Culture War May Evolve for Tunisian Islamists
It’s always painted as an assault on religion when people just try to live normal lives. That’s just too much for religious busybodies anywhere to bear.
On Friday, hundreds of bearded men and veiled women converged on the public television building accusing it of “sanitizing figures of the old regime” and calling for a purging of staff members who still promote the ideas of the old ruling party.
Caught between the Salafis and the secularists are the moderate Islamists who won Tunisia’s first free elections and are trying to build a democratic model for countries that followed Tunisia down this still uncertain revolutionary path.
The Salafis say they are just reclaiming rights long denied.
“Tunisians are thirsty for religious knowledge,” said Mohammed Bedoui, a young adherent of the Hizb al-Tahrir, or Liberation party, which calls for the return of the Islamic caliphate. “The regime of Ben Ali neglected the religious universities and the Tunisian imams just can’t answer to the demand.”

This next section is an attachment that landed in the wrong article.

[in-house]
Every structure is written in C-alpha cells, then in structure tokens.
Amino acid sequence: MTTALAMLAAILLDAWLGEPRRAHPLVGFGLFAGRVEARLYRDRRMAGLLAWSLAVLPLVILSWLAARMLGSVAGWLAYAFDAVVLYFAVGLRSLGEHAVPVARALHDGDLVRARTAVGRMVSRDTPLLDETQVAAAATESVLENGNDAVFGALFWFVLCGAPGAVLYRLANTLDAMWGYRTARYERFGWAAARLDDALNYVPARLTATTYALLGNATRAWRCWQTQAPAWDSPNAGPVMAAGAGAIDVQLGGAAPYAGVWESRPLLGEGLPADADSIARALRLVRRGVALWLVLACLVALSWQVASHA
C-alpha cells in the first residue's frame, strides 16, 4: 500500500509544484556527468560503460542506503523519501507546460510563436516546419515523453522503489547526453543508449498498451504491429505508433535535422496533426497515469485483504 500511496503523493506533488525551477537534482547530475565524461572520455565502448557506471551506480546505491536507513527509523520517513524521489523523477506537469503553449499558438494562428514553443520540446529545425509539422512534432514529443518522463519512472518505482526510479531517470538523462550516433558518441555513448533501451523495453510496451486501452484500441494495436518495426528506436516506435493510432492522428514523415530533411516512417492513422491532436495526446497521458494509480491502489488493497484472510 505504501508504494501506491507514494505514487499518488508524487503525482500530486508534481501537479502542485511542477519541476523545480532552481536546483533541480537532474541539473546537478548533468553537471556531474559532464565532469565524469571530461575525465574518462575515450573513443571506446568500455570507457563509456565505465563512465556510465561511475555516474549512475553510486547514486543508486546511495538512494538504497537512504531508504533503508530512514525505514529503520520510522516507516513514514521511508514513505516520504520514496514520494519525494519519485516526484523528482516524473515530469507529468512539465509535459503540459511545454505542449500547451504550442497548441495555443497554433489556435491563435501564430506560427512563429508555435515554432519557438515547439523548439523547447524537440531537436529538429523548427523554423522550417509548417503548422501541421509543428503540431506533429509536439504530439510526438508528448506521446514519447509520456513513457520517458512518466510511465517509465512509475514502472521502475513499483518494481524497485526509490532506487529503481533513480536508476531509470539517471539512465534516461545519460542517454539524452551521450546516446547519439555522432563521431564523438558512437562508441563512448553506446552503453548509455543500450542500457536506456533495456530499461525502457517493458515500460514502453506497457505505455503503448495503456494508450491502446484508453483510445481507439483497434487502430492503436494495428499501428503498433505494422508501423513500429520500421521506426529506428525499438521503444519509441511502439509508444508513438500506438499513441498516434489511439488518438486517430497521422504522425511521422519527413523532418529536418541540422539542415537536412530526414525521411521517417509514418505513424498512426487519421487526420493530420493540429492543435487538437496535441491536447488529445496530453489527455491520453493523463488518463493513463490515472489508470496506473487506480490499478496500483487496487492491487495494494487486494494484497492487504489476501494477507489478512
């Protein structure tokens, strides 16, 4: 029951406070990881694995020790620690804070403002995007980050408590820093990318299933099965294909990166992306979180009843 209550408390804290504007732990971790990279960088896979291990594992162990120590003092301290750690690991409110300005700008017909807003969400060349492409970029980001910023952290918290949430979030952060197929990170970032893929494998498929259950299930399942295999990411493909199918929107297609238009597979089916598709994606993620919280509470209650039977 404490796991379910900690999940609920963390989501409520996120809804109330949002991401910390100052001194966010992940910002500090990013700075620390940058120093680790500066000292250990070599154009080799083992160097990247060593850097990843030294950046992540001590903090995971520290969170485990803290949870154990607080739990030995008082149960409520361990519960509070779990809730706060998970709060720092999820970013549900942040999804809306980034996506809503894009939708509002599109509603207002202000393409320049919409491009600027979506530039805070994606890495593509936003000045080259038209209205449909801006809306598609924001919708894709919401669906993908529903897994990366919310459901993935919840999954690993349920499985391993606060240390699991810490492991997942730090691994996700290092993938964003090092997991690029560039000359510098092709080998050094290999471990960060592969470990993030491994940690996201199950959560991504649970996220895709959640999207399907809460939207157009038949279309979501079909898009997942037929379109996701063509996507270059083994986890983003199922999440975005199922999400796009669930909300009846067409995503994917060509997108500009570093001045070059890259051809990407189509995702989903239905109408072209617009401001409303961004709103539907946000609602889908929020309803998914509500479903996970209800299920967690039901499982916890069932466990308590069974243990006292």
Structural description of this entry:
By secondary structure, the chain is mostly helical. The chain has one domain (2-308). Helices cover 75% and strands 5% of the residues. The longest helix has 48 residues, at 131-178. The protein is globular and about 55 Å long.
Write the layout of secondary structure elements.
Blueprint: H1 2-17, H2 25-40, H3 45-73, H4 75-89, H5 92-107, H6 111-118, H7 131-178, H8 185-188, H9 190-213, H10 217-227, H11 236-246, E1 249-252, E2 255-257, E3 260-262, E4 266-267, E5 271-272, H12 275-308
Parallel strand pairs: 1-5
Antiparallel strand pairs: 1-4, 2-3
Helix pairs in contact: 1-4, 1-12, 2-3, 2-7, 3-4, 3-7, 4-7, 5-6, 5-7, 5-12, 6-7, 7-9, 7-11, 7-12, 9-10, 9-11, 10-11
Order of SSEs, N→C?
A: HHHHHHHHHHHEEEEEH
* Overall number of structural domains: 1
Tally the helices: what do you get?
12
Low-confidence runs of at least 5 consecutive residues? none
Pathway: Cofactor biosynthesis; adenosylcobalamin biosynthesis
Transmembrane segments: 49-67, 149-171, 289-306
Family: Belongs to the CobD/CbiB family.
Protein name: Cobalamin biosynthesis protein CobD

The war of words is taking place against a backdrop of armed radical movements just over the porous borders in neighboring Algeria and Libya, and there are worries that Tunisia’s aggressive demonstrations could evolve into an armed struggle if the competing demands are not handled carefully.
Secular intellectuals describe the Salafis as backward and engaging in a wholesale assault against freedom of expression and Tunisia’s progressive traditions. The religious conservatives — distinctive with their mustache-less beards, short robes and sneakers — counter that their religion is under daily attack.
“The demonstrations are a response to the provocations of the secularists and the leftists, particularly the polemic against the niqab (face-covering veil) in universities,” said Bedoui.